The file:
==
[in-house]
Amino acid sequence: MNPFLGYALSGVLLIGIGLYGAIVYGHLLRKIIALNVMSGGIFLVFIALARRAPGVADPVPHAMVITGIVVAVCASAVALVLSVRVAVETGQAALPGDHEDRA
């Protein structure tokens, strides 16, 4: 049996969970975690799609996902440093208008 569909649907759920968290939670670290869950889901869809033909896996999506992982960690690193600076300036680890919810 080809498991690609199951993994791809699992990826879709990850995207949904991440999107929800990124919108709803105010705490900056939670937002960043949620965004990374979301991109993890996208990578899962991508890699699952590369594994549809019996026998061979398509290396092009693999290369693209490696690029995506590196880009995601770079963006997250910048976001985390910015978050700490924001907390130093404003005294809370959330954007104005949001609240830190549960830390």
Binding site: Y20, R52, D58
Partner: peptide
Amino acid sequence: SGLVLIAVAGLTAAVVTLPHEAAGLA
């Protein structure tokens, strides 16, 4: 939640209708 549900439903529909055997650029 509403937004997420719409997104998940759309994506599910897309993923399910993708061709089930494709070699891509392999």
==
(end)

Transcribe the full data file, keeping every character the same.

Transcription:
[in-house]
Amino acid sequence: MNPFLGYALSGVLLIGIGLYGAIVYGHLLRKIIALNVMSGGIFLVFIALARRAPGVADPVPHAMVITGIVVAVCASAVALVLSVRVAVETGQAALPGDHEDRA
């Protein structure tokens, strides 16, 4: 049996969970975690799609996902440093208008 569909649907759920968290939670670290869950889901869809033909896996999506992982960690690193600076300036680890919810 080809498991690609199951993994791809699992990826879709990850995207949904991440999107929800990124919108709803105010705490900056939670937002960043949620965004990374979301991109993890996208990578899962991508890699699952590369594994549809019996026998061979398509290396092009693999290369693209490696690029995506590196880009995601770079963006997250910048976001985390910015978050700490924001907390130093404003005294809370959330954007104005949001609240830190549960830390």
Binding site: Y20, R52, D58
Partner: peptide
Amino acid sequence: SGLVLIAVAGLTAAVVTLPHEAAGLA
């Protein structure tokens, strides 16, 4: 939640209708 549900439903529909055997650029 509403937004997420719409997104998940759309994506599910897309993923399910993708061709089930494709070699891509392999």